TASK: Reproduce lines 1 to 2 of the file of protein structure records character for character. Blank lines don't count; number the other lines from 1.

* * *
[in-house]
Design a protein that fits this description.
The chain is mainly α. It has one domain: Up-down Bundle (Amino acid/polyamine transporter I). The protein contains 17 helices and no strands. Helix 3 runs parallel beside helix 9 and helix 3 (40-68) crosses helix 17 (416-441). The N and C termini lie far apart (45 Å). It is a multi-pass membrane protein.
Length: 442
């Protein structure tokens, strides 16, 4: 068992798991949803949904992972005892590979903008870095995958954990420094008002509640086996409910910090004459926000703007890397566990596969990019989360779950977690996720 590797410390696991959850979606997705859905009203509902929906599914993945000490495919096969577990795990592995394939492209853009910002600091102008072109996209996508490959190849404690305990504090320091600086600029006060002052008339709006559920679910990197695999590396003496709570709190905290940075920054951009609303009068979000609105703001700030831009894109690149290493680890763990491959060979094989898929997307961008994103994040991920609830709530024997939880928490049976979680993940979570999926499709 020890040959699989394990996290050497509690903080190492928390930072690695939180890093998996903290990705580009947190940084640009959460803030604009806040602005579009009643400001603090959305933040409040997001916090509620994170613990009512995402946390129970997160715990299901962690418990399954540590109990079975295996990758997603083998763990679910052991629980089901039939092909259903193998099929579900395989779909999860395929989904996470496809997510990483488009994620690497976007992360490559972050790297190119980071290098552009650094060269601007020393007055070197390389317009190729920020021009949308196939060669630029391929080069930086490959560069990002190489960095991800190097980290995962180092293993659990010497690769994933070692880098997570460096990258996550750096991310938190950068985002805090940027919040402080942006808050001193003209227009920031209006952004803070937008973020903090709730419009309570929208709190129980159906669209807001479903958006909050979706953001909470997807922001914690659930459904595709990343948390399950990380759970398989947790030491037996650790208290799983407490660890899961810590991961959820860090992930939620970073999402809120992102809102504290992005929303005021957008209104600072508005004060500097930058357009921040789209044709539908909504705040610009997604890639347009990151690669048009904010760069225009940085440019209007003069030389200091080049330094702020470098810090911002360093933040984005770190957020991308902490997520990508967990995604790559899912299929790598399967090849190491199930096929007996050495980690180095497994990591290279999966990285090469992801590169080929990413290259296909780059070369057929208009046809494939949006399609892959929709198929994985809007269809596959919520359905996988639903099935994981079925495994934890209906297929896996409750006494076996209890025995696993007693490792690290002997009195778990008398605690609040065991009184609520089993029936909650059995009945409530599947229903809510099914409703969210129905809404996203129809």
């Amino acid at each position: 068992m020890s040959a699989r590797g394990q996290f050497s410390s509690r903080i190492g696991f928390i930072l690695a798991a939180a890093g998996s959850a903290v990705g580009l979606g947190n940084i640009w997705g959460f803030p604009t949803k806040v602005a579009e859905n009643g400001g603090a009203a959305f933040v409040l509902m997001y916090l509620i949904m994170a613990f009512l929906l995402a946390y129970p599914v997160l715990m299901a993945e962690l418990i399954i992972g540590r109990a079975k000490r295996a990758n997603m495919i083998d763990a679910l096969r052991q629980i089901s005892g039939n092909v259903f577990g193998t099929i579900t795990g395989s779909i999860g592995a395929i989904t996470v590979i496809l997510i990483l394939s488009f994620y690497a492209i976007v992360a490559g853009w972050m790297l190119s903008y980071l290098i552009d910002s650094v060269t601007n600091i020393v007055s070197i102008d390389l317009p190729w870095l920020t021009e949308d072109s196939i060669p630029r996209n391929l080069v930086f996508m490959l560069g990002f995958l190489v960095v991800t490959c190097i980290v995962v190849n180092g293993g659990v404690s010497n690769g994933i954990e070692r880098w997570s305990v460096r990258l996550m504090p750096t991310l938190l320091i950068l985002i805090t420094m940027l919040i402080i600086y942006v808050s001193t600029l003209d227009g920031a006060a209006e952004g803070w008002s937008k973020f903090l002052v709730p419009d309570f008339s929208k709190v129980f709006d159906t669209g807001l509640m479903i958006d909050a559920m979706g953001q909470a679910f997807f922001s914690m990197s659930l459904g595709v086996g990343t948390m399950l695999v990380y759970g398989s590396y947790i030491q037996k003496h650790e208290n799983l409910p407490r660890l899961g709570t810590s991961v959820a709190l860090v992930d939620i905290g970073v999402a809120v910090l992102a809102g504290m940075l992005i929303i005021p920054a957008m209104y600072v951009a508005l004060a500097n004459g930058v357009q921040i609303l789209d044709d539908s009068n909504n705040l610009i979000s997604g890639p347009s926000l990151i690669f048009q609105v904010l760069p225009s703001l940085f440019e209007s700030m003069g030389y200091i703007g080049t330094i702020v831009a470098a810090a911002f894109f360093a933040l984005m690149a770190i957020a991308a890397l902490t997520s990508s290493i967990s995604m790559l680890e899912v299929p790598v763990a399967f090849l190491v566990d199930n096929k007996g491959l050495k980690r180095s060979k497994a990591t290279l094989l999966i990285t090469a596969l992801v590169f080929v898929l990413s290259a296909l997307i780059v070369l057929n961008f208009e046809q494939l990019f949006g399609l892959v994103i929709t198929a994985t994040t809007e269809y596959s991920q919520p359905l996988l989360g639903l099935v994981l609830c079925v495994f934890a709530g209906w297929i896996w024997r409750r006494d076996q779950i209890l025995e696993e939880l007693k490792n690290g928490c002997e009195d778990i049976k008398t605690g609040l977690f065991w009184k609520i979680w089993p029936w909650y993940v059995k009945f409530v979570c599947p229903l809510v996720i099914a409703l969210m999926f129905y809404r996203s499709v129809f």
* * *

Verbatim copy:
[in-house]
Design a protein that fits this description.